**RESEARCH IN PAIRS**

**Properties of Edit Distances between Signed and Unsigned Permutations**

**July, 6 - 17, 2015**

We study edit distances between permutations of n elements, defined as
the minimum number of operations (from some given set of allowed
transformations, fixed in advance) needed to transform a given
permutation into the identity permutation (1 2 ... n). Some well-studied
examples of such transformations include reversals, which reverse the
order of elements in a given interval; element exchanges, which swap any
two elements of the permutation; and block-transpositions, which swap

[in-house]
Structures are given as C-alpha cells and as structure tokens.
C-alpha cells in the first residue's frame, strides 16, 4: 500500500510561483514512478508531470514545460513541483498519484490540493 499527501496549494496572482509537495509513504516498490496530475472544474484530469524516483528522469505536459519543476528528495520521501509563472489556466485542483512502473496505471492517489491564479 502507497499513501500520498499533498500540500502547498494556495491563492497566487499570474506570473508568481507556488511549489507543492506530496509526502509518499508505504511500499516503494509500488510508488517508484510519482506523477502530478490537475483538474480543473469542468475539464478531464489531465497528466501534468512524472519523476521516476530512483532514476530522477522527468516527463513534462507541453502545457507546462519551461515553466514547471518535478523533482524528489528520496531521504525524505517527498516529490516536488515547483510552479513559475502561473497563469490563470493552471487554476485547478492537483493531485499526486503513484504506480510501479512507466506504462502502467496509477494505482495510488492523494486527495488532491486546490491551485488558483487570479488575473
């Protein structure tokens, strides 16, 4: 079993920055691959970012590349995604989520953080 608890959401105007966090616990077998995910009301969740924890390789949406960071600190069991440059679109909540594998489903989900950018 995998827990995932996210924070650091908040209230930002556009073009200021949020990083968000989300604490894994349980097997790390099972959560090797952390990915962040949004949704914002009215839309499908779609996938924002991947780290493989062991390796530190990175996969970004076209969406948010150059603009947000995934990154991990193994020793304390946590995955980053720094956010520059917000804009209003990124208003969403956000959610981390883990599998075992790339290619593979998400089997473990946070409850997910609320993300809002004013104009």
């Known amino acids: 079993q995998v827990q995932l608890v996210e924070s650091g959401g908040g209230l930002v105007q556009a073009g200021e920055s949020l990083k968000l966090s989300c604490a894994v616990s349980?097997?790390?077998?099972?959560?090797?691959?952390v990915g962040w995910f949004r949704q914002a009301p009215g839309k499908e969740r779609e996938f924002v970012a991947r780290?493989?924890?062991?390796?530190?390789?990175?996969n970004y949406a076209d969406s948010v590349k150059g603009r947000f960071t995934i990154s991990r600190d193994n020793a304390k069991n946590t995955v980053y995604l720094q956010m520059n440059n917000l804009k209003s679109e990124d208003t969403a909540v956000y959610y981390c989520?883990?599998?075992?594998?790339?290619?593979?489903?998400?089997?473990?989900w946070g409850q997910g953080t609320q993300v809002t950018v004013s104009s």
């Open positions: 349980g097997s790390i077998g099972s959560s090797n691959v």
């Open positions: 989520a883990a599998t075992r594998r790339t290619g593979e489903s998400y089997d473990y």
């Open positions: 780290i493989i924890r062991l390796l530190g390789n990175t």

adjacent, non-intersecting intervals in the permutation.
We consider the distributions of those distances, i.e. the sequences formed by the number of permutations at distance 0, 1, 2, ... from the identity permutation. We have observed that many of those distributions are unimodal (i.e. increasing then decreasing, non-strictly), and that some of them are log-concave, which means that the terms of the sequence S satisfy the relation s(k-1) * s(k+1) <= s(k)^2 for every value of k. This property is well-known to imply unimodality. Given that all those distances are defined in a similar way, albeit using a different set of operations for each of them, we are working on developing a unified approach to proving our observations on their distributions. Another reason for developing that approach is that many of the techniques usually developed for proving such results fail to generalise to other distributions than the ones they were successfully applied to. |
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